January 11, 2013
John Locke’s Some Thoughts Concerning Education
John Locke, famous sixteenth century philosopher and “Father of Classical Liberalism” wrote a work based on the human mind and learning methods entitled Some Thoughts Concerning Education. This work outlines Locke’s views on how the brain absorbs and remembers new ideas through a theory known as the “tabula rasa” or blank slate. This theory constitutes that humans are born with a blank mind and that as we are taught new concepts, they are inscribed into this blank slate and remain there until we pass on. According to Locke, the goal of education is not to create a scholar, but to create a virtuous man. He believes that learning morals is more important than any other kind of learning. He believes that education should create a person who obeys reason instead of passion. One of the most emphasized points in Locke’s work is that children should enjoy learning and that there is no good reason that they should dislike learning and love playing. This idea covers almost two thirds of his work on education as Locke believes that we should begin teaching humans correctly from a young age. All together, John Locke’s work emphasizes three base ideas, the concept of the tabula rasa, moral learning is more important than any other kind of learning, and that children should enjoy learning. The first subject being covered is the subject of the tabula rasa or blank slate that allows humans to think freely in a sense.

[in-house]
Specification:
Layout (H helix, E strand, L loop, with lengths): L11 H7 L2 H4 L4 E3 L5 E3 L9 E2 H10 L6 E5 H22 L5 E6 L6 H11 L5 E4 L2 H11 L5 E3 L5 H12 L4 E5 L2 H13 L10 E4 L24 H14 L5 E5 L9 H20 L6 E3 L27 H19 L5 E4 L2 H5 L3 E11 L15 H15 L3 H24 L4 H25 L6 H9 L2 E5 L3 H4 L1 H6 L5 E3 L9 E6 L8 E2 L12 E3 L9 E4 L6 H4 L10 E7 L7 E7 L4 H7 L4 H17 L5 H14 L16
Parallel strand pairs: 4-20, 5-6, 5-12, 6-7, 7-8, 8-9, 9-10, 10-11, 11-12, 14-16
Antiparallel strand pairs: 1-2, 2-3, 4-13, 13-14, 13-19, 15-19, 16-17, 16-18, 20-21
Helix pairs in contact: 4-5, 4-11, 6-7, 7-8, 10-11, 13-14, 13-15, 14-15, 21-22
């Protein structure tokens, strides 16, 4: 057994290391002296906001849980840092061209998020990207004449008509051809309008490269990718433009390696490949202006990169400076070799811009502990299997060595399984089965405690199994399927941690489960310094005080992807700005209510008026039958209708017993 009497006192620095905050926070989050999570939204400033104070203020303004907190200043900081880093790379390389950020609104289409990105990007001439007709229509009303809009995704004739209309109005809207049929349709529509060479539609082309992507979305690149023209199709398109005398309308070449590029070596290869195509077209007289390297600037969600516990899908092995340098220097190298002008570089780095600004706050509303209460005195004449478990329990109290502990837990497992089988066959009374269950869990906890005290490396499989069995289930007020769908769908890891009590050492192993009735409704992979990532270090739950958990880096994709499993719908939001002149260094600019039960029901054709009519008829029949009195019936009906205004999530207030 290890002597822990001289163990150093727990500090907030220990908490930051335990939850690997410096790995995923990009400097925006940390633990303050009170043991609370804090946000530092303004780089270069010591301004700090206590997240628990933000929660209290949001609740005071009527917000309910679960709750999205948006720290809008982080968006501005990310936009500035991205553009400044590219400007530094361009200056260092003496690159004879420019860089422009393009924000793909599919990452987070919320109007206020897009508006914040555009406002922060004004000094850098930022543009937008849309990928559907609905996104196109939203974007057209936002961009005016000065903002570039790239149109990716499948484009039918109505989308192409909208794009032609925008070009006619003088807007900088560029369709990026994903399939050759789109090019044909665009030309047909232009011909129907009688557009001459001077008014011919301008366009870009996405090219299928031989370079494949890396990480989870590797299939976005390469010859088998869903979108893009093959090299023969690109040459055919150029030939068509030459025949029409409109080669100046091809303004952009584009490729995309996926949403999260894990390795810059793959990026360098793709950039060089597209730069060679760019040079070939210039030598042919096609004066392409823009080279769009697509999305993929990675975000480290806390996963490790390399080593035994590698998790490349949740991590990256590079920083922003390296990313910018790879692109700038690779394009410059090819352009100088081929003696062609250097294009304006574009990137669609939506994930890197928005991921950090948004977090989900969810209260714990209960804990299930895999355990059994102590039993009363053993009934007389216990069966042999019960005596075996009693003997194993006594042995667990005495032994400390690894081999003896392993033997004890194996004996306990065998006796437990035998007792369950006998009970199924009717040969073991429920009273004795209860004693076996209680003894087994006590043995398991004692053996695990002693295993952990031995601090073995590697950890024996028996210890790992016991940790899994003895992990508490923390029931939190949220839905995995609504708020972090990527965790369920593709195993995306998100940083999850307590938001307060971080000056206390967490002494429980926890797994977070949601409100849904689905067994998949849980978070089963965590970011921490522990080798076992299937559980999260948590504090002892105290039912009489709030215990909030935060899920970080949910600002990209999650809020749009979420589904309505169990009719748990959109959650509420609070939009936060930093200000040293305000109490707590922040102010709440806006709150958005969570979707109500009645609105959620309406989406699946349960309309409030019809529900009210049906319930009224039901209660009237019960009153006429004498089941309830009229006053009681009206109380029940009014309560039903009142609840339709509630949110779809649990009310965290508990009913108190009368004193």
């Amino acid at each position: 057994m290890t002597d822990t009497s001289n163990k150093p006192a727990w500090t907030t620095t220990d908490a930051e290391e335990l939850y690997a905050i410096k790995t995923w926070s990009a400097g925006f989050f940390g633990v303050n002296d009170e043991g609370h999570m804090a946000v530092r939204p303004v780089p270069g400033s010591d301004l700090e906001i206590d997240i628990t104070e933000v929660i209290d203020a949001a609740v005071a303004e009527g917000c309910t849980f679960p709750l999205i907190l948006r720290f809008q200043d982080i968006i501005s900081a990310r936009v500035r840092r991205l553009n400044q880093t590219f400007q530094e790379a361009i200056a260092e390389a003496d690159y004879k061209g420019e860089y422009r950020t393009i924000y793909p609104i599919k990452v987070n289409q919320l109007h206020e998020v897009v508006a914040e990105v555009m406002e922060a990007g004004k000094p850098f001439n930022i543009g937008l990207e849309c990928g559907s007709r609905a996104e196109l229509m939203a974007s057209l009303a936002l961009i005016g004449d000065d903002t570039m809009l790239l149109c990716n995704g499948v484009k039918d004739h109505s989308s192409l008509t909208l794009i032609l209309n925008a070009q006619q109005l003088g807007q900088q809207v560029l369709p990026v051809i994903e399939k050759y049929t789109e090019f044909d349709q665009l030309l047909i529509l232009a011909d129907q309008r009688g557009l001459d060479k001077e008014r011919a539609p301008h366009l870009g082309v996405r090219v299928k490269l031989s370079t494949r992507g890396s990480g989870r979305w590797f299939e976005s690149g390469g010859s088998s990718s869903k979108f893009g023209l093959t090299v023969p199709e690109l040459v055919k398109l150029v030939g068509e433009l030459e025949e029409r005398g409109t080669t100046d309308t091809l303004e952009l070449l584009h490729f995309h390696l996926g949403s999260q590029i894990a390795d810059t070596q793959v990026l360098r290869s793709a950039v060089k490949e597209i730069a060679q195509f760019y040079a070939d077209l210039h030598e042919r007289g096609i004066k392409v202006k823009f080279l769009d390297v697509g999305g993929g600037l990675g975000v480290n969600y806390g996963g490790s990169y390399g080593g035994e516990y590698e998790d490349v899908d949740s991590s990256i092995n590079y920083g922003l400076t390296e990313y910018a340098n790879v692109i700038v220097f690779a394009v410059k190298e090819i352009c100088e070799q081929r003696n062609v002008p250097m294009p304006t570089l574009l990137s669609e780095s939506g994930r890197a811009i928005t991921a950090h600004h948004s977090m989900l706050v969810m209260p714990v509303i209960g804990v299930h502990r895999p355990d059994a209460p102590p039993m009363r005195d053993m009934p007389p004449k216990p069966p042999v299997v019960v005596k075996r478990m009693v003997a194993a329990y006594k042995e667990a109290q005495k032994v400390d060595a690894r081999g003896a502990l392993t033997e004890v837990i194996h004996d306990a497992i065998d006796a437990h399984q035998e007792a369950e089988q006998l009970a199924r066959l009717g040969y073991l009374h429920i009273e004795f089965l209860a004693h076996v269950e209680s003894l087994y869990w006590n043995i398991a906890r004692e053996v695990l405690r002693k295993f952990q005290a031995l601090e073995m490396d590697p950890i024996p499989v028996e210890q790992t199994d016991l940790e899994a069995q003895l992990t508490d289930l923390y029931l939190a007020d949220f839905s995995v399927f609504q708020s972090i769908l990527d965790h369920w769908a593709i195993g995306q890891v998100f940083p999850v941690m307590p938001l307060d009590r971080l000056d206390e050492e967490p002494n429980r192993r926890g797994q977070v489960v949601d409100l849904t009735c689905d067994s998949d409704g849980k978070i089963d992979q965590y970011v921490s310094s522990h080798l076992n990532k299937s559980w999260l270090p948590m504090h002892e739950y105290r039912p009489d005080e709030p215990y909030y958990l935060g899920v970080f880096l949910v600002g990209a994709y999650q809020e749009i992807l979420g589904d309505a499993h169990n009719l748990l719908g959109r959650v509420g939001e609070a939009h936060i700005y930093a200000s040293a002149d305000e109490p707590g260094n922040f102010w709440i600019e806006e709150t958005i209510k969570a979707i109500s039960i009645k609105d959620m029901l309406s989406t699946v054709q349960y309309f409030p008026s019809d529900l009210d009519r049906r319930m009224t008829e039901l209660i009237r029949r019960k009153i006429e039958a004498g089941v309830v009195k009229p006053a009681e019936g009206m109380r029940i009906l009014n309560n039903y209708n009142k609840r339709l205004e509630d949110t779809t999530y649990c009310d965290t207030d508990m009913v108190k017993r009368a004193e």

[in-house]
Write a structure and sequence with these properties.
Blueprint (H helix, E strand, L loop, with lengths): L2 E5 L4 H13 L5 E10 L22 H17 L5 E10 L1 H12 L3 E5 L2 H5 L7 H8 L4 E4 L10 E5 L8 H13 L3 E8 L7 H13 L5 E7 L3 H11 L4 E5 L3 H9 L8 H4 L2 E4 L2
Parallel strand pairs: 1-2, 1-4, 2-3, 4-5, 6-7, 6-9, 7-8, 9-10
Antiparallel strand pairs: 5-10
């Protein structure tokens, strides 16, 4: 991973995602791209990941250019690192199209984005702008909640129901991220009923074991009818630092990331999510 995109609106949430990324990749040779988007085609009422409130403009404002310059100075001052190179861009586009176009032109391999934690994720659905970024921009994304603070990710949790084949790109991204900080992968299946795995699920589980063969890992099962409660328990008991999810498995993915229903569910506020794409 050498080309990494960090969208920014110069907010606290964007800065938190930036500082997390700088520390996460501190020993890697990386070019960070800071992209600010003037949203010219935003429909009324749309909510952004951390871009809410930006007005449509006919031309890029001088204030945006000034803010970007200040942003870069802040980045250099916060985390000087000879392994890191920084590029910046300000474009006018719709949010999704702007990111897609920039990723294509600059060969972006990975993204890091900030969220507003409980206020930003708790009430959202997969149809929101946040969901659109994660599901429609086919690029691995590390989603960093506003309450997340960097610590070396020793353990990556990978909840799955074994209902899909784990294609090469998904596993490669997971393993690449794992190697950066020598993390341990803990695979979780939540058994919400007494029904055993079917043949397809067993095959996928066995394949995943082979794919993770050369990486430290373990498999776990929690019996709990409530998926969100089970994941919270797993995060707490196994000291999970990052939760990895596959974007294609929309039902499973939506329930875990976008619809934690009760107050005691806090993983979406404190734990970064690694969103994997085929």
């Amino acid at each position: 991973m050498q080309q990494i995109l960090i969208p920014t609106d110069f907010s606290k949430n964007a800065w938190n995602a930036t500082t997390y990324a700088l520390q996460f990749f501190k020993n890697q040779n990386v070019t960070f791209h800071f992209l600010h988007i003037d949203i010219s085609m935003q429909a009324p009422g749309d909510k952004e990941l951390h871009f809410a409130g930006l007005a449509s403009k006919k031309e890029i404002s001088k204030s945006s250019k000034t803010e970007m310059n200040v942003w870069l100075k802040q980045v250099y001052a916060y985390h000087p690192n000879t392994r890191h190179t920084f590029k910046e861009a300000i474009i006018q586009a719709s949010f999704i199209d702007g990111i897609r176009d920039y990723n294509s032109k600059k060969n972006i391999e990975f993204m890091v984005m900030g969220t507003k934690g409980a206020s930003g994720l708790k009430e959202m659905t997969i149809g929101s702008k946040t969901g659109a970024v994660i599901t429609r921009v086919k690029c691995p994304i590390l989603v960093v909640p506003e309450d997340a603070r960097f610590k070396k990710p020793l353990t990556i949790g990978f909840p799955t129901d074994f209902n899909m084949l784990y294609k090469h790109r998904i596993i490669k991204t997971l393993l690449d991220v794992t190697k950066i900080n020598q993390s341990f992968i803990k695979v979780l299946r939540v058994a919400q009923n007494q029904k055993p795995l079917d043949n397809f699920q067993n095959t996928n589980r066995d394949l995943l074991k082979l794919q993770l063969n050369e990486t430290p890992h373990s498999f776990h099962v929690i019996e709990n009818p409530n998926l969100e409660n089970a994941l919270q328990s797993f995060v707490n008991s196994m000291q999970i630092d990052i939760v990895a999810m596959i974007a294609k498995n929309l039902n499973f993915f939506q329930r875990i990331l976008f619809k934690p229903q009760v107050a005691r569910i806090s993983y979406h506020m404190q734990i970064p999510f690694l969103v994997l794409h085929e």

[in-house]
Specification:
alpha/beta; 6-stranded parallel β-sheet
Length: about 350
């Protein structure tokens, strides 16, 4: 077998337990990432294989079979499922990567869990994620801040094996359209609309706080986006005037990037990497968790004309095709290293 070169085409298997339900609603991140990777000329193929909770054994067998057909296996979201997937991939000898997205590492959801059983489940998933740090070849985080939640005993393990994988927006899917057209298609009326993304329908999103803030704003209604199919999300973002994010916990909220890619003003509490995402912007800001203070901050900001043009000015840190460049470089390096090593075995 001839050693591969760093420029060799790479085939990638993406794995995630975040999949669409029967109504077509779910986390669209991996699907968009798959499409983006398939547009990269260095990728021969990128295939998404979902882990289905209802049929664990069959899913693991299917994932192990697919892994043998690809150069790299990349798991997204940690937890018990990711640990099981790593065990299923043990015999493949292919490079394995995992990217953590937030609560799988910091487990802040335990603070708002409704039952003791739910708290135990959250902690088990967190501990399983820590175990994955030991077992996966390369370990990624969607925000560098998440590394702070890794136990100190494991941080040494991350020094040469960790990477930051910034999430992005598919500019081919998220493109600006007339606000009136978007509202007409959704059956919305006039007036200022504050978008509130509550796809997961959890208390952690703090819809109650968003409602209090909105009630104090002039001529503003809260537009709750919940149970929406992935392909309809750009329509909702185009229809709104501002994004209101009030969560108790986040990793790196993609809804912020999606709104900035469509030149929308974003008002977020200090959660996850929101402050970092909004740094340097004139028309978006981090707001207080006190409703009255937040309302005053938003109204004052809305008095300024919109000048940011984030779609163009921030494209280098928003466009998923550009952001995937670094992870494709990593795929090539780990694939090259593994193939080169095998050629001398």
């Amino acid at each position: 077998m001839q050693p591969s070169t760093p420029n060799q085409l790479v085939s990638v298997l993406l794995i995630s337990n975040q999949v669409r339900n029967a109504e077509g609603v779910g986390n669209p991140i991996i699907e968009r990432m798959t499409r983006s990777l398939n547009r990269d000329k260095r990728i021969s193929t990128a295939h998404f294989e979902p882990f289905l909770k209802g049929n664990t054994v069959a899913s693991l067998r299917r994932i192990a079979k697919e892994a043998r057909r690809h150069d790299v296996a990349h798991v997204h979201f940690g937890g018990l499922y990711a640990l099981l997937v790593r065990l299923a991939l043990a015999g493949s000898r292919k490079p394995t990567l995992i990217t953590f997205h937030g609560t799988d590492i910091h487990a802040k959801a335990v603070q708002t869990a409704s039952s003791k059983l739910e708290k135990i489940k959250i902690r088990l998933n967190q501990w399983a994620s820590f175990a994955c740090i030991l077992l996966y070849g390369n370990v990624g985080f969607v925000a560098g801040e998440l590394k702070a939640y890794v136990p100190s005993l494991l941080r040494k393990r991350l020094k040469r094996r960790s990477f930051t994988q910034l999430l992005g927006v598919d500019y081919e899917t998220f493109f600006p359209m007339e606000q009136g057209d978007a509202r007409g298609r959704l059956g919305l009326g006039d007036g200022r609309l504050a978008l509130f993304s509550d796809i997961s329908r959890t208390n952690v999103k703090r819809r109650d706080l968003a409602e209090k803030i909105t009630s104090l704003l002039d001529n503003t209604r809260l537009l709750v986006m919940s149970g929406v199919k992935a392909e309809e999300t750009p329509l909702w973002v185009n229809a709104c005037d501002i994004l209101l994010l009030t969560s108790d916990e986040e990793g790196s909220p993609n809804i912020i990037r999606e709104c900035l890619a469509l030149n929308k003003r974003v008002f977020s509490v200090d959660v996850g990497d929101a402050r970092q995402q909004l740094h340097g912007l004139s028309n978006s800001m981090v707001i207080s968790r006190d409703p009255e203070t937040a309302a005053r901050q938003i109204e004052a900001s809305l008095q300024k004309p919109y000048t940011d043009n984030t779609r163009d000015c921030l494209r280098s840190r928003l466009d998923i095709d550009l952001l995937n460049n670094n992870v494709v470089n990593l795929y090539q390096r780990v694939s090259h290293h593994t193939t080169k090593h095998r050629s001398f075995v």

The concept of the tabula rasa, as told by John Locke, delves into the human mind deeper than one could simply comprehend by studying the surface of the human mind. Locke explains part of a pre-established concept introduced by Aristotle, known as priori and posteriori knowledge. His work places more emphasis on posteriori knowledge in that this learning method imposes that humans are born with a blank slate in their mind and that as they learn,...
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